Ain’t No Such a Thing as a Citizen Data Scientist

Ain’t No Such a Thing as a Citizen Data Scientist

With learn-it-quick courses on data science popping up nearly a dime a dozen, more people are obtaining the sense they can dive into professional work with minimal qualifications and scant experience or practice. While the notion of a ‘Citizen Scientist’ is intended to simply support a broader appreciation of science and the scientific process to more people, the ‘Citizen Data Scientist’ is being inappropriately seen as a fast track to a new career.


By Venkat Raman, Data Scientist at True Influence.

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Dear Aspiring Data Scientist,

Before you start using ‘low code’ or ‘drag & drop’ data science tools, please learn the fundamentals.

Why aspire to be a ‘Citizen Data Scientist’ when you can truly become a ‘Data Scientist’?

Don’t get swayed by the fancy titles like ‘Citizen Data Scientist.’ It is funny that so much hard selling is happening in data science.

I mean, just because we know how to use a thermometer or operate a BP machine, should we start calling ourselves ‘Citizen Doctor’?

Image credit: KDnuggets

Strategy — undermine the difficulty of doing data science!

The undermining of difficulty in doing data science is not healthy. Many ‘become a data scientist in a 1-month course’ sellers and ‘low code data science solution’ sellers use this strategy.

The ‘low code/no-code solution’ sellers will often argue that one could gain intuition by *doing* things. The counter-argument to that is, using a low code/no-code solution is like using a calculator. Before one can operate a calculator, one needs to have numeracy skills. Learning the fundamentals in data science is like acquiring numeracy skills.

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Why 85% of Data Science projects fail? (hint: No skin in the game)

85% of Data Science projects fail in the enterprise because people think it is easy to do data science but only do it wrongly. The realization often comes late.

Many fall victim to the ‘become a data scientist in 1 month/6 months-type courses’ and often wonder why they are not being hired.

The market is the ultimate truth-teller.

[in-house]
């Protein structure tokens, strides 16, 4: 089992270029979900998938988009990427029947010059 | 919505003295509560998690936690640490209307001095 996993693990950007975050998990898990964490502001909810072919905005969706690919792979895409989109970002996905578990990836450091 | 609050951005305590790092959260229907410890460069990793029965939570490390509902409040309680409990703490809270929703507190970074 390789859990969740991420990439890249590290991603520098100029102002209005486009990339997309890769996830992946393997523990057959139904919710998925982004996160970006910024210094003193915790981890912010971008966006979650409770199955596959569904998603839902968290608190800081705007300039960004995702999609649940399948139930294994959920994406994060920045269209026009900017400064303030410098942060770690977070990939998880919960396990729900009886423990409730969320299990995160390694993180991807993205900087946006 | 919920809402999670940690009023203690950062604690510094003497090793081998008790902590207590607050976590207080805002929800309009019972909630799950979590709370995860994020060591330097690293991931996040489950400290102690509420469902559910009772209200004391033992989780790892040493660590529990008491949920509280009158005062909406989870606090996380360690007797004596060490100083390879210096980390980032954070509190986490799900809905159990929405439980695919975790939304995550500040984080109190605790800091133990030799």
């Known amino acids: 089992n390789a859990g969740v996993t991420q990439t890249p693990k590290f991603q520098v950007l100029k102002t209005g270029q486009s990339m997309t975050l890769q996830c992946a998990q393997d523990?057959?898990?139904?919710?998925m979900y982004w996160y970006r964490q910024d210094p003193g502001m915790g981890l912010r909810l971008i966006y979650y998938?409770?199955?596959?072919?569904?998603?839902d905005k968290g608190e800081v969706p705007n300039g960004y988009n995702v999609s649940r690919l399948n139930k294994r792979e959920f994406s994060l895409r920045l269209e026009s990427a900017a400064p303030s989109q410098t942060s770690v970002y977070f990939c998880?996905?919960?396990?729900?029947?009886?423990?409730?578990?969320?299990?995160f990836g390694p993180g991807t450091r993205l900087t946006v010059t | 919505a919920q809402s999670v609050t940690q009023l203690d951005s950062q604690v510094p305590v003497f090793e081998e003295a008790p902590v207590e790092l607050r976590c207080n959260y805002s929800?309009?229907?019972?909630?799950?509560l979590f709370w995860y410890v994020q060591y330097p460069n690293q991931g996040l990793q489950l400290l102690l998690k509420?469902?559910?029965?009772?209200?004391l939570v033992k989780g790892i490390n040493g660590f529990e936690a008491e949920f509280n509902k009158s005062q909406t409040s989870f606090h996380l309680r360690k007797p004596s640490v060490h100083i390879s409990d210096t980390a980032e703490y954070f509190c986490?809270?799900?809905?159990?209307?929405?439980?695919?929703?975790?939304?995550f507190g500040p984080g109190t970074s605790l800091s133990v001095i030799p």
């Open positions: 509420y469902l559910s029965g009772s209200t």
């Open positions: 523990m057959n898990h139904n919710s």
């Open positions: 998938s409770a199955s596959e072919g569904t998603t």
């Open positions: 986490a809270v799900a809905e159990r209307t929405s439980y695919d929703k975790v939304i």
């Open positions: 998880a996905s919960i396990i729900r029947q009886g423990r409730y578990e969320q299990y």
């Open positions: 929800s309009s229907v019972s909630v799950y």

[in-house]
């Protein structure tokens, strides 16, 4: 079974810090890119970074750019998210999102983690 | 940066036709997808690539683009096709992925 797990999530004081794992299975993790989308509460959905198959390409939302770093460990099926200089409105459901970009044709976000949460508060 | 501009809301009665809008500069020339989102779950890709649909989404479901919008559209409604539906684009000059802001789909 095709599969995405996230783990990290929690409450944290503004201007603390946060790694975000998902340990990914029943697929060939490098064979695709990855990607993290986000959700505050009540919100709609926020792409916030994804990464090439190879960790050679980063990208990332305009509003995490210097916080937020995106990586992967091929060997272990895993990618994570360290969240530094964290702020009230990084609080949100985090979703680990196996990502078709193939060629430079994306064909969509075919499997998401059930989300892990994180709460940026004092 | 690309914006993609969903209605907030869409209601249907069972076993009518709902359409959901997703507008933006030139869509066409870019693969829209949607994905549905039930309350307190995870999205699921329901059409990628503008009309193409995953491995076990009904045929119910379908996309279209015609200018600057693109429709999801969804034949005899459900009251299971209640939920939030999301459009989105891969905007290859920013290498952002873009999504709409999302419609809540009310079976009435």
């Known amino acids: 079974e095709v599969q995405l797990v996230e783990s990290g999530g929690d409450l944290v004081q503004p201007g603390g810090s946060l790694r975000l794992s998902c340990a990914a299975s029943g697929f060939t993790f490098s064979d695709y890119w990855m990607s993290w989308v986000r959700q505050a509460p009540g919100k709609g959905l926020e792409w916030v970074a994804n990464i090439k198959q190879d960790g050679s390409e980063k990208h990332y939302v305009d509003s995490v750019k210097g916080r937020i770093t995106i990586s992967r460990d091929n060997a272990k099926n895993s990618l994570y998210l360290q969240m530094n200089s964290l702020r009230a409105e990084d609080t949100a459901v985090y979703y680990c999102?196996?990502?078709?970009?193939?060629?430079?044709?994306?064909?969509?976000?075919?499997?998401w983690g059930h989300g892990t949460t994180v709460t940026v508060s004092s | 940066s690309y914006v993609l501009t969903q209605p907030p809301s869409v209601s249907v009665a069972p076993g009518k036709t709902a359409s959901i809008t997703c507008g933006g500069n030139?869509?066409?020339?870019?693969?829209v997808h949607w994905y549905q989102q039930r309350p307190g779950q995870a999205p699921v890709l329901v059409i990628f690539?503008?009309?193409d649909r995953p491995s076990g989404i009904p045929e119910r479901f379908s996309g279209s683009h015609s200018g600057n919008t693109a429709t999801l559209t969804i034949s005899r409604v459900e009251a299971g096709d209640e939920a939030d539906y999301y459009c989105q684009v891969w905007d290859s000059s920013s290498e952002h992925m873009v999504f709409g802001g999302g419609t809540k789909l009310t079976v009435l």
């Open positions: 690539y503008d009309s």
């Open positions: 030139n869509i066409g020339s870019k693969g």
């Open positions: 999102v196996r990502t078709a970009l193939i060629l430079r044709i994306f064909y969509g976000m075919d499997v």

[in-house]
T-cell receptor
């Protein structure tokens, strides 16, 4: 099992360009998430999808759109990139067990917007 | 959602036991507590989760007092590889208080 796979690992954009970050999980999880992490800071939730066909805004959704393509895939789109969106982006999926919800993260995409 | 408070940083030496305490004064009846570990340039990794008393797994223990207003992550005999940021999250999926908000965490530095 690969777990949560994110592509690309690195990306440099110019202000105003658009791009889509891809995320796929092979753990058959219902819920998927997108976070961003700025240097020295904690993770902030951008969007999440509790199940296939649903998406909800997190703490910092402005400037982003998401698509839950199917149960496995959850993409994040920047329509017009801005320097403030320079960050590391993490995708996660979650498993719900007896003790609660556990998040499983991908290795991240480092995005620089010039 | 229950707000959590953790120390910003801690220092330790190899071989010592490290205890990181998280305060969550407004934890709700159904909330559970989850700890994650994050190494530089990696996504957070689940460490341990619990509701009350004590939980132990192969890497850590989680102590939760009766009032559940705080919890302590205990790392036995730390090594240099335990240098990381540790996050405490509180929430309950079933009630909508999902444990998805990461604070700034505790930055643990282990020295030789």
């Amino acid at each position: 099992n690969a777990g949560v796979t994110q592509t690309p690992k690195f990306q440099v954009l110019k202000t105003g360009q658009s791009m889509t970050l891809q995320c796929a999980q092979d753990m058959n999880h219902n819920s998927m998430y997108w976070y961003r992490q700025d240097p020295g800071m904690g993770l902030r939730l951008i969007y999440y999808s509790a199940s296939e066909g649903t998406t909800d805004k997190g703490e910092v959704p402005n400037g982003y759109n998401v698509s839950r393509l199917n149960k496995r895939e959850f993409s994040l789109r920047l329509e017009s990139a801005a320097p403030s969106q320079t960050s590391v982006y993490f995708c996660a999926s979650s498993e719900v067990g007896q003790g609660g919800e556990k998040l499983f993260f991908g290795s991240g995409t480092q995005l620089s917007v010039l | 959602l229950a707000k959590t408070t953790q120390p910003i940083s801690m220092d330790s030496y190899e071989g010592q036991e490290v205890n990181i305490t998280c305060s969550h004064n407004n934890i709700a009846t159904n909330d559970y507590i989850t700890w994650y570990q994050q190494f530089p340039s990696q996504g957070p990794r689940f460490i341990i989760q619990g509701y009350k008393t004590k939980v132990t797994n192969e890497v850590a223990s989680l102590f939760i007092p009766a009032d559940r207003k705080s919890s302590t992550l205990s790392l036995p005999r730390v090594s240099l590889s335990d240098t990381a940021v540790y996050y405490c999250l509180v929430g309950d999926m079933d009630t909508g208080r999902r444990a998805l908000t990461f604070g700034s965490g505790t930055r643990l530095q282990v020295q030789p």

It somehow knows who the good players are and operates an excellent filtering mechanism. The reason being, the market is comprised of companies that have ‘skin in the game.’

Companies having ‘skin in the game’ don’t gamble. They hire genuine talent. The simple ‘skin in the game’ test one can do by themselves is ask one simple question. Would I use the machine learning classifier myself?

I came across a LinkedIn post where a person built a heart disease prediction model using one of the low code libraries. The real question is whether that person would use that model on his/her kith and kin?

Also, the real utility of heart disease prediction or earthquake prediction is not the prediction that it will happen with x% certainty, but WHEN will it happen.

This ‘temporal’ part no model can predict accurately.

Doing Data Science is easy. Or is it?

One of the reasons data science seems *easy to do* is because many algorithms can be fit in 2–3 lines of code. There is simply no intellectual pain.

Compare this to programming. A person has to think about the syntax, design pattern, and logic. When things go astray in programming, there are multiple checkpoints in the form of error alerts like Runtime, Syntax error, and compiler error. One gets an immediate reality check on how good or bad a programmer he/she is. As a result, one does not go up and about calling themselves ‘citizen software engineer.’

On the flip side, when it comes to data science, there is no runtime or syntax error equivalent. There are no warning signs that says one can’t apply a particular algorithm on the data. There is no immediate reality of check-in data science.

This is one reason why people who advocate ‘learning the fundamentals is not important’ go scot-free. This is why fancy but harmful titles like ‘citizen Data Scientist’ arise.

The above criticism might sound rude/bitter, but it is all in the hope that one day we can all say 85% of Data Science projects succeed rather than fail.

Original. Reposted with permission.

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